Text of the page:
Queen inundated with goodwill messages for King and Kate after Maundy service

The Queen was inundated with goodwill messages for the King and Princess of Wales when she stood in for her husband during the historic Royal Maundy Service.

Camilla was asked to pass on public support from some in the congregation at Worcester Cathedral, where she presented Maundy money to community stalwarts in recognition of their service.

And when she went on a brief walkabout, meeting well-wishers outside, she was presented with a card for her daughter-in-law while others told the royal they were thinking of her.

Bishop of Worcester Dr John Inge, who as Lord High Almoner led the service, remembered the King during the “Blessing” and told the Queen “we hope you will convey to him our love and respect”.

Charles may have been missing but he had recorded an audio message for the service, in which he reaffirmed his coronation pledge “not to be served, but to serve” with “my whole heart”.

The King’s address did not directly refer to his and Kate’s treatment for undisclosed types of cancer, but highlighted those who “extend the hand of friendship” – likely to be interpreted as the nation’s response to the monarchy’s double health scare.

Queen Camilla holds the Nosegay bouquet as she poses with Yeomen of the Guard and religious representatives as she attends the Royal Maundy service at Worcester Cathedral
The Queen with Yeomen of the Guard and religious representatives at Worcester Cathedral (Chris Jackson/PA)

After the ceremony Camilla met well-wisher Sheila Clark, 66, from Glasgow, who handed over a posy of flowers, a picture of the King and Queen taken at the Scottish Highland Braemar Games, and a card for Kate.

Ms Clark, a retired teacher, said about the message in her card: “Just that I’m hoping Kate’s getting on well and I’m sorry to hear about her illness and hoping Kate gets peace now to recover – that’s really what I wanted to say.

“I just wanted to come and see the Queen, I’ve followed her for many, many years, and just to let her know that I’m thinking of her.

“I wrote to her some weeks ago and I got a lovely card back from her and something from the King as well.”

Queen Camilla holds the Nosegay bouquet as she poses with Yeomen of the Guard and religious representatives as she attends the Royal Maundy service at Worcester Cathedral
Camilla holds the nosegay bouquet at the Royal Maundy Service at Worcester Cathedral (Chris Jackson/PA)

Around 200 people braved cold and wet conditions to catch a glimpse of the Queen but when she first arrived a large and noisy protest was staged by the anti-monarchy group Republic who shouted “down with the crown”.

Laura Skrzynskr, 58, living in London but originally from the US, said: “I told Camilla to send her good wishes to the King for me and to the Princess of Wales – and I wished her a happy Easter.

“I’m a royalist, we don’t have a royal family back in America but I like it here.”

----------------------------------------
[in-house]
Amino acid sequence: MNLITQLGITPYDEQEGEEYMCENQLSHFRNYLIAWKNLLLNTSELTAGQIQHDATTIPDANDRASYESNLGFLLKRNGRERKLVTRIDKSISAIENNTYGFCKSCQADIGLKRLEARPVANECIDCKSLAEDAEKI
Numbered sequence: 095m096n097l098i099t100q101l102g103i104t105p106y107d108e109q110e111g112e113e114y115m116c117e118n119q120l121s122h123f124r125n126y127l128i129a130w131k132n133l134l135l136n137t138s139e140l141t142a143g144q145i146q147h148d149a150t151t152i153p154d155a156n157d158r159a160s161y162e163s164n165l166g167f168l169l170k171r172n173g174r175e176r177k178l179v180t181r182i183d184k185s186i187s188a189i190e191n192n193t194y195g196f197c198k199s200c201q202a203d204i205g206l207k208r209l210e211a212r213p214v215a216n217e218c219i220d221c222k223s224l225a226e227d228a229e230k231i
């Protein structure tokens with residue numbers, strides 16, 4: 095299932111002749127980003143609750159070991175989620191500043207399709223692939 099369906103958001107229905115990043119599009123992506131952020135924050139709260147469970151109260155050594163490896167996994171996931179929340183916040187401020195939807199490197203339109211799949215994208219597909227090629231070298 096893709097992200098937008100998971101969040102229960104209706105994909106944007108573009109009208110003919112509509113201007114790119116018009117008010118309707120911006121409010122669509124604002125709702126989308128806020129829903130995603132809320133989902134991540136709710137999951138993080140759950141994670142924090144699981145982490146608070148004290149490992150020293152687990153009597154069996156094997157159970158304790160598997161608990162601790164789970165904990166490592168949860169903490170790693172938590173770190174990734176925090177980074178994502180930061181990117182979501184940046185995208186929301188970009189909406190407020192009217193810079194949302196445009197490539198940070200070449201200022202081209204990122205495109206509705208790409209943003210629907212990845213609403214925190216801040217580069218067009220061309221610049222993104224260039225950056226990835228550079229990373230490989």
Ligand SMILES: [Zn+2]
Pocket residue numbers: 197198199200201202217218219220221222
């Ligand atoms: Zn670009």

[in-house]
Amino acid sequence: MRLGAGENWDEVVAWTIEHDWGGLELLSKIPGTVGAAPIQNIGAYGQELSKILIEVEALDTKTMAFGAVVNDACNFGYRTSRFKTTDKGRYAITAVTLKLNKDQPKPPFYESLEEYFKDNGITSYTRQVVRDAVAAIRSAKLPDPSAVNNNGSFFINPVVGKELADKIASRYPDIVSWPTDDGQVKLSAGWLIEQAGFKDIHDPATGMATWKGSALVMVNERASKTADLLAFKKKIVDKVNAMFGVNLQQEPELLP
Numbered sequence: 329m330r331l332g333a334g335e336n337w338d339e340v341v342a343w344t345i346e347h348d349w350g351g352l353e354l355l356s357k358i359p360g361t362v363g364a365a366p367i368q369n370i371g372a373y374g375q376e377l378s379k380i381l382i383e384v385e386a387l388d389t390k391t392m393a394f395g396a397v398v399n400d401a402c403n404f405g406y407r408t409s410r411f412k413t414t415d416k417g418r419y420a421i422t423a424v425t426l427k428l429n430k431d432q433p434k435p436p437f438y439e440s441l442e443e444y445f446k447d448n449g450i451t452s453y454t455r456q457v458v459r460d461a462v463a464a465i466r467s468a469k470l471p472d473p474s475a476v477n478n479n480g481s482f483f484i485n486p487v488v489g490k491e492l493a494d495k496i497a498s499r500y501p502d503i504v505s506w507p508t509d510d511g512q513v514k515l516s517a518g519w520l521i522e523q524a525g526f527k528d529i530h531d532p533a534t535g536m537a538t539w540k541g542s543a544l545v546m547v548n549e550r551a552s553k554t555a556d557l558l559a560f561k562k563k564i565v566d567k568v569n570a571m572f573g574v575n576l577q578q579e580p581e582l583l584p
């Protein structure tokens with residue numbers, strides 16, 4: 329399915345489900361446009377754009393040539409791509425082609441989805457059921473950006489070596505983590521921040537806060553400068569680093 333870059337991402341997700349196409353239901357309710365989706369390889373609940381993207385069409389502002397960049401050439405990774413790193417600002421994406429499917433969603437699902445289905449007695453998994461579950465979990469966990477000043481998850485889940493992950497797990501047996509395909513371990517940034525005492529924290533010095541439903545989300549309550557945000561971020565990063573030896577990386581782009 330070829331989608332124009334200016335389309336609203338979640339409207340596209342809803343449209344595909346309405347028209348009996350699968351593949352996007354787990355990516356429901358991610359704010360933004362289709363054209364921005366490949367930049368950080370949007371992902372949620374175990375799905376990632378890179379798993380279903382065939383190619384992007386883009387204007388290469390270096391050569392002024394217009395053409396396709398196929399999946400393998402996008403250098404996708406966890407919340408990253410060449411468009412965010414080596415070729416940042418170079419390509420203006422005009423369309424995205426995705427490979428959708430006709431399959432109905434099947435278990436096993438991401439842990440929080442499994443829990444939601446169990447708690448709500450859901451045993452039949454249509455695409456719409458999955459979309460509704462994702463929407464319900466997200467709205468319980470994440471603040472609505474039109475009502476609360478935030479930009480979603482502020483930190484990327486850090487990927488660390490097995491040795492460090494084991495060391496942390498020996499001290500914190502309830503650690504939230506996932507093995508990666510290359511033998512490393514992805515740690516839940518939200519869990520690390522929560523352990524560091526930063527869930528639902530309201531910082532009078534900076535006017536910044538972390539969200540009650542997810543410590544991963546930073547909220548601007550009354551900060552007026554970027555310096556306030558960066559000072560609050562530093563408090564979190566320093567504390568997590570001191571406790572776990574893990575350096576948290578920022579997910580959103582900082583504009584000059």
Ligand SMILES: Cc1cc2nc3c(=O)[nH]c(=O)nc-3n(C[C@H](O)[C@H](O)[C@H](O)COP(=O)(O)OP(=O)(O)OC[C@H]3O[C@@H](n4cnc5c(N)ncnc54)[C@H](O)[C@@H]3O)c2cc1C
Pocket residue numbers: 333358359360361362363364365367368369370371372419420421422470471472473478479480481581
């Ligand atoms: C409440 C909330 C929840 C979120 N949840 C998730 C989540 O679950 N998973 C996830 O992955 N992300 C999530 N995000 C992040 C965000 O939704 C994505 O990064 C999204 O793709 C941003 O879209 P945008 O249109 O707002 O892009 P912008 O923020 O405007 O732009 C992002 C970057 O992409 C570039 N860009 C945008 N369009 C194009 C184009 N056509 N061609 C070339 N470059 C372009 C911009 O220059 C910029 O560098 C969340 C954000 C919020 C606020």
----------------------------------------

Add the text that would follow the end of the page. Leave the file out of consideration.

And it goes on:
Queen Camilla meets well-wishers after attending the Royal Maundy Service at Worcester Cathedral
The Queen meets well-wishers after attending the Royal Maundy Service at Worcester Cathedral (Justin Tallis/PA)

The service is a major event in the royal calendar and sees Maundy money – newly minted coins – normally distributed to community stalwarts by the head of state, but Camilla’s role in the ceremony is believed to be a first for a Queen Consort.

During his pre-recorded address Charles said: “The act of worship, here in Worcester Cathedral, reminds me of the pledge I made at the beginning of the coronation service – to follow Christ’s example ‘not to be served but to serve’.

“That I have always tried to do and continue to do, with my whole heart.”

The King has stepped back from large-scale public duties while receiving outpatient cancer treatment, and he spoke of his “great sadness” at not being able to attend the service.

The Queen meets well-wishers following the Royal Maundy Service at Worcester Cathedral
The Queen meets well-wishers following the Royal Maundy Service at Worcester Cathedral (Justin Tallis/PA)

The pre-recorded message began with a Bible reading from the Gospel of John, which describes how Jesus washed the feet of his disciples – the root of the modern day Royal Maundy Service.

Today, sovereigns no longer wash the feet of the needy as they did in medieval times, but 75 women and 75 men – signifying the King’s age – were presented with two purses, one red and one white, filled with Maundy money.

Maundy recipient Norman Tomlinson, 72, from Mansfield, received the unique coins for his work with his local hospice and Catholic church which includes taking communion to the sick and housebound.

Mr Tomlinson said: “This is just a fantastic day – a once in a lifetime (experience). I said to the Queen I hope the King gets well soon and your daughter-in-law as well and she said ‘thank you very much’.”